It’s that time of year again in Kansas for the peak blackberry season. Before 7:00 am we picked 2 gallons. Blackberry season started about a week and a half ago with a light crop. The crop will progressively increase until the 25th or so and then declines the way it started. I planted a couple of acres 20 years ago. How are the blackberries doing in your area?
wow, really nice crop.
Beautiful berries!!! What variety? I only have a 15’ row and mine are still green and small. Those will be great! Thanks for the pic.
My Osage’s are just finishing up and the Triple Crowns are starting. Osage is a very good variety, it has a different flavor with more of a grape-y tone to it. Very sweet as well.
Thanks IL847! Mrsg847 they are a very old variety that’s been in my family around 100+ years. My grandfather grew them and passed them on to me. As the story goes they are named health berries because they were the healthiest berry the grower grew out of many acres. Most berries the grower had were small and canes were spindly as blackberries typically are. The grower then found this monster berry in the patch that’s canes are very thick with large numerous berries. My berries came from the plants my grandfather bought from that gentleman that found that chance seedling. My extended family grows many acres of these berries as well because of disease tolerance, weather tolerance, and production. The berries were lost to the years amongst commercial growers if they were even available. Most people do not want these old varieties that had thorns. The plants can reach 15+ feet.
Scott my berries are difficult to contain because they send many runners through the ground. I brush hog between rows to keep them in check. These are not the berry for a home orchard unless someone has a spot that’s flat and open to plant them. Your berries sound like a great choice! Another oddity I noticed about these blackberries is they do very well in clay that will not grow anything else. I bring this up because I planted some in rich soil and they are all vine and no berries. The berries will also not grow in one spot to long (10-15 or so years some 20+) before the row moves over a few feet. The soil left behind is rich and fertile from old roots and canes like it was tilled. I think they extract some of the locked up nutrients from the clay other plants can’t use.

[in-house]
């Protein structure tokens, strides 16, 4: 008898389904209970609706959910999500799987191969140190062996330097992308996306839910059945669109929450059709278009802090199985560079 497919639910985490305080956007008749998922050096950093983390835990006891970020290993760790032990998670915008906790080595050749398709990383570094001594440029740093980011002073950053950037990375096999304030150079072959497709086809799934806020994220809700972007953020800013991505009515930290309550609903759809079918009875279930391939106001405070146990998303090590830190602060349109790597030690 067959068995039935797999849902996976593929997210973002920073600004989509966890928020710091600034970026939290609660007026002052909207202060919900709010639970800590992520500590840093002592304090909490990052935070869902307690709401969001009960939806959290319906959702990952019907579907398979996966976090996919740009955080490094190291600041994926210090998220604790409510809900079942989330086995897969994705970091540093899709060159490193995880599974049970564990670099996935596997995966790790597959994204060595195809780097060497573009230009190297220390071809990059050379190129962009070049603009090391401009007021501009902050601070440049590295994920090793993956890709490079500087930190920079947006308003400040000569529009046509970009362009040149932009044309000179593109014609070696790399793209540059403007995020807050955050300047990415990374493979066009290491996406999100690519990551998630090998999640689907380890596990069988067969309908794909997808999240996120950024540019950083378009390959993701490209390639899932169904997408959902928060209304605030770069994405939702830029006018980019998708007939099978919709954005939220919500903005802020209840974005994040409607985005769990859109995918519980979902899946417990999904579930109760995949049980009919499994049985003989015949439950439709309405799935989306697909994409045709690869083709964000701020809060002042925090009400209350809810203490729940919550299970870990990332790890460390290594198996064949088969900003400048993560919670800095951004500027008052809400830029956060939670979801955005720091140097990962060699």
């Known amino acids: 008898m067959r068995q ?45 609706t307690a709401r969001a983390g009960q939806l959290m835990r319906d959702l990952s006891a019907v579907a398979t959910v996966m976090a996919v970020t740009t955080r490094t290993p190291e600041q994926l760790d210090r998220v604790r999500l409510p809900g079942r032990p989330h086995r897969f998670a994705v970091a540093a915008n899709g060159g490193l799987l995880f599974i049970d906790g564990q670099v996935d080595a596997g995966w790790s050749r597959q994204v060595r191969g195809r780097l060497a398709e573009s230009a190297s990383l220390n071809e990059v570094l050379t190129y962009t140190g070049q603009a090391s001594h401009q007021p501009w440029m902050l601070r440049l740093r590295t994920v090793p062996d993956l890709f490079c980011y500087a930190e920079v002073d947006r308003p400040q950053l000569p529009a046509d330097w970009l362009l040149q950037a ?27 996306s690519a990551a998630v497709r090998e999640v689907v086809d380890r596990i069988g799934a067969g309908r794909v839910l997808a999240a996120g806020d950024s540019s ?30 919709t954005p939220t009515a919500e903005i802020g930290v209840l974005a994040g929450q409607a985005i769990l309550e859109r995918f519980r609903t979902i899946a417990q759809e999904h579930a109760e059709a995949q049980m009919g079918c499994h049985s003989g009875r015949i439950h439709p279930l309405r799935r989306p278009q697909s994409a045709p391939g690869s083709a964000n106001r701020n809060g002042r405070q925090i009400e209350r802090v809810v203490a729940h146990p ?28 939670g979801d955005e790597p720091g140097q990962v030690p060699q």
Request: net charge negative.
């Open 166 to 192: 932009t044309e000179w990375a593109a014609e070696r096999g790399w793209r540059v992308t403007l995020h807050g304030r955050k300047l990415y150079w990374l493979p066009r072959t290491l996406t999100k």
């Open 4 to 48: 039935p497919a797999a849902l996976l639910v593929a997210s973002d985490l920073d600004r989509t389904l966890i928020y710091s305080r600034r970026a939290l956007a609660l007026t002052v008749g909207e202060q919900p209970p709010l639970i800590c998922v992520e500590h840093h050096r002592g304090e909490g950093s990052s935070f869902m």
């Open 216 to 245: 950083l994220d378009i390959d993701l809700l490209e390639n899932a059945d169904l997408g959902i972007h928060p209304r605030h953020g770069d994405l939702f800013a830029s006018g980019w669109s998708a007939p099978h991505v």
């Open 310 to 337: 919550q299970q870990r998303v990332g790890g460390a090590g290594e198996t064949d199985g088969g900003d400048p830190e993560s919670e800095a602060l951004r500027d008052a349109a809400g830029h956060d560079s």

I have 5 Chester, this is their second year and it looks like we’ll get a few handfuls from each. Still not picking; maybe a couple weeks away? They are not growing as vigorously as I’d like, but maybe they will pick up next year.
How does the flavor of Osage compare with the other Arkansas variety?
Here are a few pictures of the plants. I parked the lawn mower next to them so you can see average size. Some plants are twice that tall and some are half this tall but I consider these the perfect height.
@clarkinks, thats a great story about your heirloom, glad to hear you are keeping the tradition up! There are not many heirloom blackberries left. Have you compared the taste with other blackberry varieties? I have an old variety called Lawton, it makes huge berries but they taste like chemicals, there is some bad thing in the taste.
The only other one I have is Triple Crown. Osage is more grape-like; both are good berries. My Triple Crown are just coming in now so I will have a better comparison as I remember its flavor.
The flavor of these blackberries are excellent. Kansas soil at times gives greens a metallic flavor when you first till a garden but after the first year or two it’s gone. I suspect those blackberries of yours are doing something similar at your house. The dirt may have excess nutrients that plant picks up. An example of one such mineral is cobalt which hybrid corn cannot pick up I’m told. Open pollinated corn can pick up cobalt and is used to prevent brucellosis according to many experts. I had problems with my honeoye strawberries giving that diet kool aid aftertaste and eventually stopped growing them.
Clark, I have had these for ten years and they are right next to my Triple Crowns which never had any of the bad flavor. It could still be something in the soil, there is no way to know for sure. Your berry is the kind of heirloom I was looking for when I got the Lawtons.
I always give away plants every spring when local orchards and individuals ask for them. I think several people on the forum from Kansas are now growing them.